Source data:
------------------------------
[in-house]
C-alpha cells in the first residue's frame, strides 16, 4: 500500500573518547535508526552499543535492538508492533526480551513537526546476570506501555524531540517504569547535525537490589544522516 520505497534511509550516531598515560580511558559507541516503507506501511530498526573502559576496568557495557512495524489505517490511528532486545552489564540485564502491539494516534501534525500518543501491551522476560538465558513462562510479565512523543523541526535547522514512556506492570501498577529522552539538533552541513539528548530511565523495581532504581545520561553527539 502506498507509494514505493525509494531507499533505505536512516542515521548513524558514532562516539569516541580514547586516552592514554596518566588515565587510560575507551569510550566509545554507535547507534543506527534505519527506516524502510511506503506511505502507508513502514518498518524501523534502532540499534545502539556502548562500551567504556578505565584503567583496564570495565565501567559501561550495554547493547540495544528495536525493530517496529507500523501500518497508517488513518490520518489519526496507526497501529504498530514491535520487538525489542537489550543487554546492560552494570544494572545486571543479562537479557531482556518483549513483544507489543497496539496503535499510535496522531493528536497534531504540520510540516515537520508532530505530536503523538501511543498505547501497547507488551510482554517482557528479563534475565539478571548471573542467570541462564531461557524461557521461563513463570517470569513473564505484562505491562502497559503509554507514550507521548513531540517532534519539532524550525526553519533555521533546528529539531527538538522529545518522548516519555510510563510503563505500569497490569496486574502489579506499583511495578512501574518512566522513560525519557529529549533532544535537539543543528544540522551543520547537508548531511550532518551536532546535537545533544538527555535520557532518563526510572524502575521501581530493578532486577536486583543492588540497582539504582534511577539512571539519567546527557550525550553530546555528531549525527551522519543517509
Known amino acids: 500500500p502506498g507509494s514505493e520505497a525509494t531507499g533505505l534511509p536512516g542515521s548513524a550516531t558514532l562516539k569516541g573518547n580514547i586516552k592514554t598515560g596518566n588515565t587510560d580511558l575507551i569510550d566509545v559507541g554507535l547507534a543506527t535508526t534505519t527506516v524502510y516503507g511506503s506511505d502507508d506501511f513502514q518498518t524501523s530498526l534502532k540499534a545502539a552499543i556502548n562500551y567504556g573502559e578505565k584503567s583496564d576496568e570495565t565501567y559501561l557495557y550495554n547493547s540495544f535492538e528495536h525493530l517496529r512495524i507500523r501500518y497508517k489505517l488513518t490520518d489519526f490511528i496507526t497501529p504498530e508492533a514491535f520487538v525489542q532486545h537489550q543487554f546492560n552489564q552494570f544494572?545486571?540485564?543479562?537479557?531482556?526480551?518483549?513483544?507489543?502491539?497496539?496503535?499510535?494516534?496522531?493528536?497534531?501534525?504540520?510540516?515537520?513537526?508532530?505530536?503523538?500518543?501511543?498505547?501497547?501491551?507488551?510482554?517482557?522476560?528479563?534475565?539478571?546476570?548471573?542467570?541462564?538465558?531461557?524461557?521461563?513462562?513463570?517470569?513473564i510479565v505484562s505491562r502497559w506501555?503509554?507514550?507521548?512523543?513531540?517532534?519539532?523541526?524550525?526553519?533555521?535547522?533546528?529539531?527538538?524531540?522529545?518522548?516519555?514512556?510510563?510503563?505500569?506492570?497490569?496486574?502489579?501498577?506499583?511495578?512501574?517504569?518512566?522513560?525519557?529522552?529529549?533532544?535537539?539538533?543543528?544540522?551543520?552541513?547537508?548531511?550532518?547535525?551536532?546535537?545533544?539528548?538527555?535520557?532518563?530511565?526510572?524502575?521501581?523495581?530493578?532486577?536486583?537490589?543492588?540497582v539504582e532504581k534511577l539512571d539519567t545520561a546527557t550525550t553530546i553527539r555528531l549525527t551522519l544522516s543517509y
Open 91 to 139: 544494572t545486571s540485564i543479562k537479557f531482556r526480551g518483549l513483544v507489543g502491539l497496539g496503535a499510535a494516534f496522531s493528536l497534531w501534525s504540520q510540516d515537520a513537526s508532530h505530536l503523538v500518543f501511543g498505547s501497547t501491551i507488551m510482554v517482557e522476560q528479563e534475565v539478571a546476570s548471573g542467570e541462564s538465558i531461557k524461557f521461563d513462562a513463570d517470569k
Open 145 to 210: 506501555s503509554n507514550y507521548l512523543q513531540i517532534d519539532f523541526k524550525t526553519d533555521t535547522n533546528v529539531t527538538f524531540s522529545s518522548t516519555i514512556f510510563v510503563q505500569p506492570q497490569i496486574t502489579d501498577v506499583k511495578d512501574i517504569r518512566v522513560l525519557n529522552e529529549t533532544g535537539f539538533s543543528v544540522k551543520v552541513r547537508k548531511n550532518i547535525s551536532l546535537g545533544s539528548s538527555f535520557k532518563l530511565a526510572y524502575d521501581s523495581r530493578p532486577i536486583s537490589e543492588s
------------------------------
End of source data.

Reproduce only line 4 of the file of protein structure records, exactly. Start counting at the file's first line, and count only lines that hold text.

Open 91 to 139: 544494572t545486571s540485564i543479562k537479557f531482556r526480551g518483549l513483544v507489543g502491539l497496539g496503535a499510535a494516534f496522531s493528536l497534531w501534525s504540520q510540516d515537520a513537526s508532530h505530536l503523538v500518543f501511543g498505547s501497547t501491551i507488551m510482554v517482557e522476560q528479563e534475565v539478571a546476570s548471573g542467570e541462564s538465558i531461557k524461557f521461563d513462562a513463570d517470569k